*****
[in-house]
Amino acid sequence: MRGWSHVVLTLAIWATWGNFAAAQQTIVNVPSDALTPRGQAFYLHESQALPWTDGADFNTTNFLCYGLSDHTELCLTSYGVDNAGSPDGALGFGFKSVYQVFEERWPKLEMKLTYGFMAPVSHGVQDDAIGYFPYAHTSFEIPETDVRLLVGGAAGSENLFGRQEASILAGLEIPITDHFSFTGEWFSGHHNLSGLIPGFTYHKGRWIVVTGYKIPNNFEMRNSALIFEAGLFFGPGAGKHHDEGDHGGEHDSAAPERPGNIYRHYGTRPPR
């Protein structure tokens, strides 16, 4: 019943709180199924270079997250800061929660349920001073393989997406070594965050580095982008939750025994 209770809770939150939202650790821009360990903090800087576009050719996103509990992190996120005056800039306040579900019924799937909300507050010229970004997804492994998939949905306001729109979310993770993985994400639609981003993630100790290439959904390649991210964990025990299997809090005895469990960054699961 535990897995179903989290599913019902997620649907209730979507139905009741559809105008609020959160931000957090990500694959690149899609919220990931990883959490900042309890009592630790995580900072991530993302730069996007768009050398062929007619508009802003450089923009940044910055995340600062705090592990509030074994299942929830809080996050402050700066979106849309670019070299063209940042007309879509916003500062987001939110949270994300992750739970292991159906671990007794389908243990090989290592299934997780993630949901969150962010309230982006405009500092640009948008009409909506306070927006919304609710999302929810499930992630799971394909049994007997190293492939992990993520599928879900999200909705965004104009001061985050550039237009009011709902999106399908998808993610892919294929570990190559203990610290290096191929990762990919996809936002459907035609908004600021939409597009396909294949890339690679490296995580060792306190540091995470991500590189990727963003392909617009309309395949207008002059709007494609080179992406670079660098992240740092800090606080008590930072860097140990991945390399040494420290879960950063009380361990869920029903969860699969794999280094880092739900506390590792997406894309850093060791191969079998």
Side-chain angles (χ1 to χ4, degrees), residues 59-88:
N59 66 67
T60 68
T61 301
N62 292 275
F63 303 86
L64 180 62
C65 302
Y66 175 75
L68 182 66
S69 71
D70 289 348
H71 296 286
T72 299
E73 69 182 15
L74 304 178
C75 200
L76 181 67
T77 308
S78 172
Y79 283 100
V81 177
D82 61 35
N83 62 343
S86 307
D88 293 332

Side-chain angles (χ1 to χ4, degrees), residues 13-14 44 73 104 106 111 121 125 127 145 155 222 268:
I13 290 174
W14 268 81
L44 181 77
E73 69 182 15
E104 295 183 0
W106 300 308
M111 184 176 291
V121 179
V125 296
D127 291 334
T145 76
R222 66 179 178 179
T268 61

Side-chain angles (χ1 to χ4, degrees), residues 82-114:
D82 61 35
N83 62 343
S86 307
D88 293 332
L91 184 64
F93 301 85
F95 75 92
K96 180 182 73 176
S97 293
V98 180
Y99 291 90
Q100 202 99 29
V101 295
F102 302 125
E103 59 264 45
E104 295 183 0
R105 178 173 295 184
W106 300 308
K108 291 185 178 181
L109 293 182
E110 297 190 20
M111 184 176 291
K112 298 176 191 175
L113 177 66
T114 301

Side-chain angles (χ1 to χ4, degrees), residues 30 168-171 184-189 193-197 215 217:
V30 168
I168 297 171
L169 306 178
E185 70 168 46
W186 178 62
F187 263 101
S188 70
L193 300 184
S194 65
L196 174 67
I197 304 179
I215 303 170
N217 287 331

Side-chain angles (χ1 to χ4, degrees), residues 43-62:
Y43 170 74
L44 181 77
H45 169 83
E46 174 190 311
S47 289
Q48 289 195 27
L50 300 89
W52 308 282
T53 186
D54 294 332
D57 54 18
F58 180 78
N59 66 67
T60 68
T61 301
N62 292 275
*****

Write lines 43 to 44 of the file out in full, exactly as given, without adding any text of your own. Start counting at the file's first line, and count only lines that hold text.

T268 61

Side-chain angles (χ1 to χ4, degrees), residues 82-114: